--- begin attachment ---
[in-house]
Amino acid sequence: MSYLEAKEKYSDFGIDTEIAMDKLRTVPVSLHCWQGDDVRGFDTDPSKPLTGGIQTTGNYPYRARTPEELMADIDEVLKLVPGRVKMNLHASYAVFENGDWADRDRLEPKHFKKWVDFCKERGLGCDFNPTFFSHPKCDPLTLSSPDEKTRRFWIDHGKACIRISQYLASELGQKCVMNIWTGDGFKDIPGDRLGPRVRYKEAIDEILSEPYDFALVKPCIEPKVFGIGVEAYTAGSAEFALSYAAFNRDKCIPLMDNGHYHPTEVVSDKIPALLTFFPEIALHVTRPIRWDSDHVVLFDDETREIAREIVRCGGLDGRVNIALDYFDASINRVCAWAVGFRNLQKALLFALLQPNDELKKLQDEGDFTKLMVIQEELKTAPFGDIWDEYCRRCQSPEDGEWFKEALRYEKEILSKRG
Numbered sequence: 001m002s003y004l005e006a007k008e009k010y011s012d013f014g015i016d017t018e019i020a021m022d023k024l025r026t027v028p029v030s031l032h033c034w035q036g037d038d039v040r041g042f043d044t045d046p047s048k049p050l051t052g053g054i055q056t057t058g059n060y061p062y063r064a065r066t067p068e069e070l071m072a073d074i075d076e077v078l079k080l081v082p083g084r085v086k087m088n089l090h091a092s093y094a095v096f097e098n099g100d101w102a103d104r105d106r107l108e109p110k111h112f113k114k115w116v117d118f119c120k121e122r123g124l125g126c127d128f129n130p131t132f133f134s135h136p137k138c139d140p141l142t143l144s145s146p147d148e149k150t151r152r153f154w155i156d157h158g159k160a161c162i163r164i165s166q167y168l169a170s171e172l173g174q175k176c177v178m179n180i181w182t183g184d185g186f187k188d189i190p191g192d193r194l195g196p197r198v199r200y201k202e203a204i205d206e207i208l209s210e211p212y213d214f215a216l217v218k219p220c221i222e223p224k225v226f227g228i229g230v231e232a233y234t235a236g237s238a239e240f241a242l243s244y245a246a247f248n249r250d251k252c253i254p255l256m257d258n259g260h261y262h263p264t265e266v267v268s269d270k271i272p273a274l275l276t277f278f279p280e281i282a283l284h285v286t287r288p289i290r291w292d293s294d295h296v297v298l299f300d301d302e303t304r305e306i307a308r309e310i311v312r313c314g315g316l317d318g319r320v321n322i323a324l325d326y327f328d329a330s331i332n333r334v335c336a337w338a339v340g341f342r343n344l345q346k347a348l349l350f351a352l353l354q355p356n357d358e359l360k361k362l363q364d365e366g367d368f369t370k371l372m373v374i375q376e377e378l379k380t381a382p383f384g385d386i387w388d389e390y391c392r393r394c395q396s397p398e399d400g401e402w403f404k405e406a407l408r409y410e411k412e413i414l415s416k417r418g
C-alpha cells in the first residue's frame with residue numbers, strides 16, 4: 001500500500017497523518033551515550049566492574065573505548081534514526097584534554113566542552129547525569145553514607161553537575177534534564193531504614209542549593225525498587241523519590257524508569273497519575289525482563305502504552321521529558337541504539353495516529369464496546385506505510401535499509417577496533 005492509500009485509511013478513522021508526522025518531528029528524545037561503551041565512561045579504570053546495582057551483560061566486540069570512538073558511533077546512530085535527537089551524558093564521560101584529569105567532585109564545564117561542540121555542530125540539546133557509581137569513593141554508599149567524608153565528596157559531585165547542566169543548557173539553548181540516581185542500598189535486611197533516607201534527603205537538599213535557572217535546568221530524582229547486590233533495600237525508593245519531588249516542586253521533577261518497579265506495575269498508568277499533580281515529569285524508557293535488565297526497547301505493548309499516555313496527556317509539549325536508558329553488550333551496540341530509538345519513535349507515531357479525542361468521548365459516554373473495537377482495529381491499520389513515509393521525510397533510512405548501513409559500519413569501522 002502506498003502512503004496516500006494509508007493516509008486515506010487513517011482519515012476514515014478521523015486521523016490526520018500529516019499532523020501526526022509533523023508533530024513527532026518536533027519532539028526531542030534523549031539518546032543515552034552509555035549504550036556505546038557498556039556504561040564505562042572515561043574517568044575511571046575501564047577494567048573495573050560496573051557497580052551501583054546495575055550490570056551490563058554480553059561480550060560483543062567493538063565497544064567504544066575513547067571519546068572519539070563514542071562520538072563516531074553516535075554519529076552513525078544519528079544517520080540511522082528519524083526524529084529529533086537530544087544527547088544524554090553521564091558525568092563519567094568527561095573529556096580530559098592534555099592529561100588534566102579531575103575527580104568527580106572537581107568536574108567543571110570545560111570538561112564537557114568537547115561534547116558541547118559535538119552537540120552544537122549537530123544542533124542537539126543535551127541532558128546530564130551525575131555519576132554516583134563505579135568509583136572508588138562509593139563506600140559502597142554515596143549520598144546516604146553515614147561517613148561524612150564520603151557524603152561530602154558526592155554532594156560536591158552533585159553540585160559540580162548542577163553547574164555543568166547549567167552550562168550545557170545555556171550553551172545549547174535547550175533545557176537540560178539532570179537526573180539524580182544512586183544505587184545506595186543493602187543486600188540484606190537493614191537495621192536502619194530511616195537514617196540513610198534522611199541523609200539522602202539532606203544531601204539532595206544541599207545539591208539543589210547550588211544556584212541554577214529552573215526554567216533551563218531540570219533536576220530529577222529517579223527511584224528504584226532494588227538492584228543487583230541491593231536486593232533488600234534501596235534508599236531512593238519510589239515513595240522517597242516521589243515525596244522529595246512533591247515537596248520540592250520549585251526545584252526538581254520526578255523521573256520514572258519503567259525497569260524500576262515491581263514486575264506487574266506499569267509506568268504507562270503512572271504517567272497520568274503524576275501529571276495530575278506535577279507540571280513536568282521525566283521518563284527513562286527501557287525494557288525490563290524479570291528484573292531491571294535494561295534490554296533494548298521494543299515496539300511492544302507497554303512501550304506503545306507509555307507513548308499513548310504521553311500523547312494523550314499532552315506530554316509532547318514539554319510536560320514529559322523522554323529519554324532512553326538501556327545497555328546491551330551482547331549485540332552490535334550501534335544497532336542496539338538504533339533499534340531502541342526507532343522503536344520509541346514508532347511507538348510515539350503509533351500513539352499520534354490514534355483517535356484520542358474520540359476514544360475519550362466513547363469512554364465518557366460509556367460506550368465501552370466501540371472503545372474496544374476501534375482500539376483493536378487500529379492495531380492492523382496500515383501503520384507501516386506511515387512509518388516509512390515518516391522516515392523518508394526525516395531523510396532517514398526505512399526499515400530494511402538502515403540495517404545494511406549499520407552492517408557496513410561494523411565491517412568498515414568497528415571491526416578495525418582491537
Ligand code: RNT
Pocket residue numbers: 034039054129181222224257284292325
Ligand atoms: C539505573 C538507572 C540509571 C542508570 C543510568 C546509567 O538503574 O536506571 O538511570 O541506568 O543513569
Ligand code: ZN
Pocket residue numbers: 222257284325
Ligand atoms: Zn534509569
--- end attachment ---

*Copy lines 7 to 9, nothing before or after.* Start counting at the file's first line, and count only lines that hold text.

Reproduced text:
Ligand atoms: C539505573 C538507572 C540509571 C542508570 C543510568 C546509567 O538503574 O536506571 O538511570 O541506568 O543513569
Ligand code: ZN
Pocket residue numbers: 222257284325